Teaching Profession News in Brief

Survey Finds Principals’ Pay Gains Outpacing Consumer Price Index

By Ann Bradley — March 11, 2008 1 min read
  • Save to favorites
  • Print

Principals of high schools and middle schools got “a little financial breathing room” this school year, with salary increases that matched or exceeded the U.S. Consumer Price Index, according to a survey by the Educational Research Service.

For the 2007-08 school year, the average salary paid to a high school principal is 4.9 percent higher than last school year, the survey found. That compares to a 2.8 percent increase in the CPI, a federal measure that is often used to estimate increases in the cost of living.

Increases were also better than the CPI for the other three major categories of school leaders examined: junior high/ middle school principals, and assistant principals in both middle and high schools.

See Also

“Salaries and Wages Paid Professional and Support Personnel in Public Schools” is available for purchase at www.ers.org.

The research service, which is based in Alexandria, Va., and made up of representatives of major national associations representing school administrators, has surveyed public school districts on their professional and support employees’ pay since 1973. It randomly selects a stratified sample of school districts of varying enrollment size.

For junior high and middle school principals, the average salary for 2007-08 is $91,334. For senior high school principals, the average is $97,486. The average salaries of assistant principals for this school year are $76,053 at the junior high and middle school level and $79,391 at the high school level.

Average Salaries

An annual survey tracks the salaries of middle and high school principals.

BRIC ARCHIVE

SOURCE: Educational Research Service

The survey found that salaries varied by geographic area, with administrators in the West, Midwest, and New England having the highest pay and those in the Southwest and Rocky Mountains the lowest. The size of a school district also affects how much school leaders earn: Principals in districts with more than 2,500 students make more than $100,000, on average, while those in districts smaller than 2,500 students make about 20 percent less.

The survey also looked at how much districts spend per pupil, finding that those spending more than $10,000 per student pay higher salaries than districts that spend less.

A version of this article appeared in the March 12, 2008 edition of Education Week

Events

This content is provided by our sponsor. It is not written by and does not necessarily reflect the views of Education Week's editorial staff.
Sponsor
Mathematics Webinar
Addressing Unfinished Learning in Math: Providing Tutoring at Scale
Most states as well as the federal government have landed on tutoring as a key strategy to address unfinished learning from the pandemic. Take math, for example. Studies have found that students lost more ground
Content provided by Yup Math Tutoring
Classroom Technology Webinar Building Better Blended Learning in K-12 Schools
The pandemic and the increasing use of technology in K-12 education it prompted has added renewed energy to the blended learning movement as most students are now learning in school buildings (and will likely continue

EdWeek Top School Jobs

Teacher Jobs
Search over ten thousand teaching jobs nationwide — elementary, middle, high school and more.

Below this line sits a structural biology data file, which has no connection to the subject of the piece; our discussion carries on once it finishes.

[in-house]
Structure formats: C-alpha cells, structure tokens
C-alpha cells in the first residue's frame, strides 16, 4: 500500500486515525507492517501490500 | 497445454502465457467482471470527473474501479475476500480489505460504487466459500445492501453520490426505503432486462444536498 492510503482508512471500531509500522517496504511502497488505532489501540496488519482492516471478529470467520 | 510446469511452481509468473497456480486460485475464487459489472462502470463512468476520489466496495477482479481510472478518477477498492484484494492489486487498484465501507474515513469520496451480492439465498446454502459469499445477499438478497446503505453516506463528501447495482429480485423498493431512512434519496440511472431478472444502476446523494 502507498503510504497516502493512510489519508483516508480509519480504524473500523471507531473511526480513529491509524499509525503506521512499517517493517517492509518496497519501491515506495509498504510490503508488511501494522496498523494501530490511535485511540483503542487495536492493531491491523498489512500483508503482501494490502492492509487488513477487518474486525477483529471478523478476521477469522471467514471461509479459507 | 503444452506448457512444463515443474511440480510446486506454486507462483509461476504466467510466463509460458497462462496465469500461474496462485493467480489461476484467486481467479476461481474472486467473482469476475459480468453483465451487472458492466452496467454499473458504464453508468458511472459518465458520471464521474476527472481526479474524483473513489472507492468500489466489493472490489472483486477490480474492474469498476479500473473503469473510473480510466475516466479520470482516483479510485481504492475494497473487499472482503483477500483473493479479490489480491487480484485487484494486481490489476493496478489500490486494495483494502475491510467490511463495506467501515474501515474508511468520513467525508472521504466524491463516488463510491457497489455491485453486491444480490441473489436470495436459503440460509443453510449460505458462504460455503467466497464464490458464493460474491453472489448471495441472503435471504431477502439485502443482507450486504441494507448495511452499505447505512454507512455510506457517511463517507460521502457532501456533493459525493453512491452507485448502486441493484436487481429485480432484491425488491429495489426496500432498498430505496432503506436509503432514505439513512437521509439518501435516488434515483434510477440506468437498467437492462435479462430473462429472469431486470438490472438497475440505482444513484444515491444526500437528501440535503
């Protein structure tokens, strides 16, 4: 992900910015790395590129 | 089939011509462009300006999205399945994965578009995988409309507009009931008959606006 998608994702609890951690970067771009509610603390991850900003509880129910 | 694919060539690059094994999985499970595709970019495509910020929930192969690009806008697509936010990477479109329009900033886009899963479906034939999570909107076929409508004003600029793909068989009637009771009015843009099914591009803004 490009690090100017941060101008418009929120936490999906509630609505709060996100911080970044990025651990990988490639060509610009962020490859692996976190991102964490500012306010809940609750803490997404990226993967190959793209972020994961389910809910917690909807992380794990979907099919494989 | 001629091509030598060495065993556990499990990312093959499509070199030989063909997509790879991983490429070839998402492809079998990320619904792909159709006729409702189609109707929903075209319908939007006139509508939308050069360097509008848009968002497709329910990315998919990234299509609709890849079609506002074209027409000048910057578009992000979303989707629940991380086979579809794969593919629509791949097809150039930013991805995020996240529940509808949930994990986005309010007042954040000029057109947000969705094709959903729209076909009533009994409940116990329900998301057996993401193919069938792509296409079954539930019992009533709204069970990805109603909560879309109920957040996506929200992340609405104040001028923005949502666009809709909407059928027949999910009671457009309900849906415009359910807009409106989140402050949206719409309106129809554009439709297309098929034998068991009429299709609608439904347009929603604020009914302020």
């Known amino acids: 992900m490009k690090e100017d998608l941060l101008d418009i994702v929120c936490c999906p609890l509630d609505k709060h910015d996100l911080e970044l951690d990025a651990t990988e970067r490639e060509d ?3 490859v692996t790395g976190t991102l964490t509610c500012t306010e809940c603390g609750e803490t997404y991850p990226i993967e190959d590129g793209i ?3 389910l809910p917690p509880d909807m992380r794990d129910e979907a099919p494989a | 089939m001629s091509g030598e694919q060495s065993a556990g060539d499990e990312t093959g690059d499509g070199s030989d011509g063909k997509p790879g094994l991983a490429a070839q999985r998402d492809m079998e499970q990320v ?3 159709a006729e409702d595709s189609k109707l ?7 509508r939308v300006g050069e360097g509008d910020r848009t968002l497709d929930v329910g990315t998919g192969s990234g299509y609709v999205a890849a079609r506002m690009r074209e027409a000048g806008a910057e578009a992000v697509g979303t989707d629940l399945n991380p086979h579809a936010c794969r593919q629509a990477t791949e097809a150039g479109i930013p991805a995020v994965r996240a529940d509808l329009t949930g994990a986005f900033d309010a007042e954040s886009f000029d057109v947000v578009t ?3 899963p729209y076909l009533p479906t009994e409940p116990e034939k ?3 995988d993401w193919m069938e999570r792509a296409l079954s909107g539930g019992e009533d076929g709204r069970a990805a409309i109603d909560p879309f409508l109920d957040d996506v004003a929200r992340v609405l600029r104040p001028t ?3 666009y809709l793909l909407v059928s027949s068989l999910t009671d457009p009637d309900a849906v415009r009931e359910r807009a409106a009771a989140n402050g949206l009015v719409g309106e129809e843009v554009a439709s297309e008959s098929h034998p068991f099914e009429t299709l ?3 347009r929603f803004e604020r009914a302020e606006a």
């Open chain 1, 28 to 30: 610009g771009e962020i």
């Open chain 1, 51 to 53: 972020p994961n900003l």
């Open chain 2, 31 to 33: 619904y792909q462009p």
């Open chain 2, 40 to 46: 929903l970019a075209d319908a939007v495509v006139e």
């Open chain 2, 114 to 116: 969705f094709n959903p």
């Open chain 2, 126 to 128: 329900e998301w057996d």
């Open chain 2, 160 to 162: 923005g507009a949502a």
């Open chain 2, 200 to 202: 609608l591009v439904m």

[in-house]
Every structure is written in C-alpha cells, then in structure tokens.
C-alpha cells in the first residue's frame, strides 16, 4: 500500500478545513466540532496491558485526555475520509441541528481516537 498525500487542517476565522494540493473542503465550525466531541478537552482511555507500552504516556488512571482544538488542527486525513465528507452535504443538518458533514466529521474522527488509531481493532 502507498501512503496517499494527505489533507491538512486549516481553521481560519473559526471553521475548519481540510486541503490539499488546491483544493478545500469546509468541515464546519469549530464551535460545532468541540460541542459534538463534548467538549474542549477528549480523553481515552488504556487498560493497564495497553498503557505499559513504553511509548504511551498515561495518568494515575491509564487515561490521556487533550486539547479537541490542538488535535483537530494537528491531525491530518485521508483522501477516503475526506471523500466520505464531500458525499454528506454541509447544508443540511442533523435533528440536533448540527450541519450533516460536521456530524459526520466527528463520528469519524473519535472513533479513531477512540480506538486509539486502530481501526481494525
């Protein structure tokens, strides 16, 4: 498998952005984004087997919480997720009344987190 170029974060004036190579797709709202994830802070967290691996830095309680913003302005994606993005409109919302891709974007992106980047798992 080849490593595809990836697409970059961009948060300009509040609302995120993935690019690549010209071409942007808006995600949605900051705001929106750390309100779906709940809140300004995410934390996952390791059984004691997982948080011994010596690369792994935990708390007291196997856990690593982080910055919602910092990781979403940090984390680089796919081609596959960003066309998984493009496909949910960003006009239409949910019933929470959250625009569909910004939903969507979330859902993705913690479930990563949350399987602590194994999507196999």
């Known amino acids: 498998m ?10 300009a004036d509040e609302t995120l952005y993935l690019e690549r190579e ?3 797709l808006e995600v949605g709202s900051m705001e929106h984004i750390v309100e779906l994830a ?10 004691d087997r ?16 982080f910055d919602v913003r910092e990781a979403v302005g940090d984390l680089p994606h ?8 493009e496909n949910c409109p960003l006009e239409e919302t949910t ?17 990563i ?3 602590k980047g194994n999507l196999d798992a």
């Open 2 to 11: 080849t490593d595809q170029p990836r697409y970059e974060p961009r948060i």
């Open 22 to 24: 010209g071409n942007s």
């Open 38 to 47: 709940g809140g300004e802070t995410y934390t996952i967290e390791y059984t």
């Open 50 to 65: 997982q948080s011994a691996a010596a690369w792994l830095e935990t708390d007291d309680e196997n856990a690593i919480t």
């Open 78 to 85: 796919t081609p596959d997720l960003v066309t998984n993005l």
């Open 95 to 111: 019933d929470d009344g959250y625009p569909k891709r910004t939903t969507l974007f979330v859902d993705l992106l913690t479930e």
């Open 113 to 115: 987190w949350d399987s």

View Jobs
Principal Jobs
Find hundreds of jobs for principals, assistant principals, and other school leadership roles.
View Jobs
Administrator Jobs
Over a thousand district-level jobs: superintendents, directors, more.
View Jobs
Support Staff Jobs
Search thousands of jobs, from paraprofessionals to counselors and more.
View Jobs

Read Next

Teaching Profession What New Teachers Need
Ideas from the real world on making teachers' first years less overwhelming and more fulfilling.
5 min read
Illustration of a classroom diorama sitting on a student desk.
Illustration by Laura Baker/Education Week (Images: iStock/Getty)
Teaching Profession Opinion This Year Almost Drove Me Out of Teaching. The Right Leader Made Me Stay
After seven years teaching and one class away from becoming an education specialist, I have seen the highs and lows of education leadership.
Samantha Richardson
4 min read
Illustration of woman sitting on a mountain top looking into the distant landscape.
iStock/Getty
Teaching Profession Maryland Teacher Wins $1 Million Global Prize
Keishia Thorpe received the prize for her work teaching immigrant and refugee students and helping them attend college.
2 min read
This photo provided by the Varkey Foundation shows Keishia Thorpe. The Maryland high school English teacher, who has worked to open up college education for her students, has won the $1 million Global Teacher Prize. The Varkey Foundation announced Wednesday, Nov. 10, 2021, that Thorpe, who teaches at International High School at Langley Park in Prince George’s County in Maryland, was selected from more than 8,000 nominations and applications from 121 countries around the world.
Keishia Thorpe, who has worked to open up college education for her students, has won the $1 million Global Teacher Prize.
Varkey Foundation via AP
Teaching Profession Opinion Teachers Need Therapy. Their Schools Should Pay for It
You can’t have student mental well-being without investing in the adults around them, argues clinical psychologist Megan McCormick.
Megan McCormick
5 min read
Illustration of nurturing.
Laura Baker/Education Week and Ponomariova_Maria/iStock/Getty, DigitalVision Vectors